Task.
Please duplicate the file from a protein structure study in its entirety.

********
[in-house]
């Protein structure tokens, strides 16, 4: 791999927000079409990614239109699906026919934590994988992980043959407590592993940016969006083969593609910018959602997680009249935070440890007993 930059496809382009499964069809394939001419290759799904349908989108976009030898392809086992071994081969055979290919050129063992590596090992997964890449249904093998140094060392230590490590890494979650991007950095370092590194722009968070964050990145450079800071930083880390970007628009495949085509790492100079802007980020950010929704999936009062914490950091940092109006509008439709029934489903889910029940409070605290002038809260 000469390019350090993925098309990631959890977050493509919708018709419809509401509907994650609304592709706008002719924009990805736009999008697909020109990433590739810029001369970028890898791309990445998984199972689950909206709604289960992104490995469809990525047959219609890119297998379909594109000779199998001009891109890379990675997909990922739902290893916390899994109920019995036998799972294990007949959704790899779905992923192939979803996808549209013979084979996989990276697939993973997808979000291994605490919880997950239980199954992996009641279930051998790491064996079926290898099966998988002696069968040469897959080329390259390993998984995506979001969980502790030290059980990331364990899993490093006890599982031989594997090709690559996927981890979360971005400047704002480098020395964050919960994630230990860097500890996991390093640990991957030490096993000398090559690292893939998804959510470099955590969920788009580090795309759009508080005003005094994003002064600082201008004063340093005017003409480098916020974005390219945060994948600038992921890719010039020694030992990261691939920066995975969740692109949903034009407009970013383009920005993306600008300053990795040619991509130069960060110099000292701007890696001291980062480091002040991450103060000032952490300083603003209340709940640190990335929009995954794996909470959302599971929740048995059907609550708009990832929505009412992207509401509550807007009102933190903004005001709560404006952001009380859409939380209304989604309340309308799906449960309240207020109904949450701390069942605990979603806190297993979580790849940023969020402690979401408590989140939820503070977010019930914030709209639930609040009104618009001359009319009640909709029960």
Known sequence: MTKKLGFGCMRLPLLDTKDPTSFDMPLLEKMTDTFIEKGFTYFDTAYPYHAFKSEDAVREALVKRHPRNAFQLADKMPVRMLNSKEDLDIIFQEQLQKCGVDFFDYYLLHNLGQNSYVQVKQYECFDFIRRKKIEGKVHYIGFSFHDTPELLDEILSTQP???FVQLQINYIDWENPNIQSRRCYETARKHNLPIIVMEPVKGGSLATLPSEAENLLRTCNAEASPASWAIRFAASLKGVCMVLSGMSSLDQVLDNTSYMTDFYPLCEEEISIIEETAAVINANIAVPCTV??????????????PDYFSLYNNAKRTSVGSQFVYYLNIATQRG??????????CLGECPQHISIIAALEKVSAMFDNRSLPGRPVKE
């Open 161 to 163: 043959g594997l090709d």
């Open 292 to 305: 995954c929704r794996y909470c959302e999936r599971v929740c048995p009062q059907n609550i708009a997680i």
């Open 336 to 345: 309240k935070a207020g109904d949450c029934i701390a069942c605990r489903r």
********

[in-house]
């Protein structure tokens, strides 16, 4: 791999927000079409990614239109699906026919934590994988992980043959407590592993940016969006083969593609910018959602997680009249935070440890007993 930059496809382009499964069809394939001419290759799904349908989108976009030898392809086992071994081969055979290919050129063992590596090992997964890449249904093998140094060392230590490590890494979650991007950095370092590194722009968070964050990145450079800071930083880390970007628009495949085509790492100079802007980020950010929704999936009062914490950091940092109006509008439709029934489903889910029940409070605290002038809260 000469390019350090993925098309990631959890977050493509919708018709419809509401509907994650609304592709706008002719924009990805736009999008697909020109990433590739810029001369970028890898791309990445998984199972689950909206709604289960992104490995469809990525047959219609890119297998379909594109000779199998001009891109890379990675997909990922739902290893916390899994109920019995036998799972294990007949959704790899779905992923192939979803996808549209013979084979996989990276697939993973997808979000291994605490919880997950239980199954992996009641279930051998790491064996079926290898099966998988002696069968040469897959080329390259390993998984995506979001969980502790030290059980990331364990899993490093006890599982031989594997090709690559996927981890979360971005400047704002480098020395964050919960994630230990860097500890996991390093640990991957030490096993000398090559690292893939998804959510470099955590969920788009580090795309759009508080005003005094994003002064600082201008004063340093005017003409480098916020974005390219945060994948600038992921890719010039020694030992990261691939920066995975969740692109949903034009407009970013383009920005993306600008300053990795040619991509130069960060110099000292701007890696001291980062480091002040991450103060000032952490300083603003209340709940640190990335929009995954794996909470959302599971929740048995059907609550708009990832929505009412992207509401509550807007009102933190903004005001709560404006952001009380859409939380209304989604309340309308799906449960309240207020109904949450701390069942605990979603806190297993979580790849940023969020402690979401408590989140939820503070977010019930914030709209639930609040009104618009001359009319009640909709029960």
Known sequence: MTKKLGFGCMRLPLLDTKDPTSFDMPLLEKMTDTFIEKGFTYFDTAYPYHAFKSEDAVREALVKRHPRNAFQLADKMPVRMLNSKEDLDIIFQEQLQKCGVDFFDYYLLHNLGQNSYVQVKQYECFDFIRRKKIEGKVHYIGFSFHDTPELLDEILSTQP???FVQLQINYIDWENPNIQSRRCYETARKHNLPIIVMEPVKGGSLATLPSEAENLLRTCNAEASPASWAIRFAASLKGVCMVLSGMSSLDQVLDNTSYMTDFYPLCEEEISIIEETAAVINANIAVPCTV??????????????PDYFSLYNNAKRTSVGSQFVYYLNIATQRG??????????CLGECPQHISIIAALEKVSAMFDNRSLPGRPVKE
């Open 161 to 163: 043959g594997l090709d």
């Open 292 to 305: 995954c929704r794996y909470c959302e999936r599971v929740c048995p009062q059907n609550i708009a997680i």
């Open 336 to 345: 309240k935070a207020g109904d949450c029934i701390a069942c605990r489903r």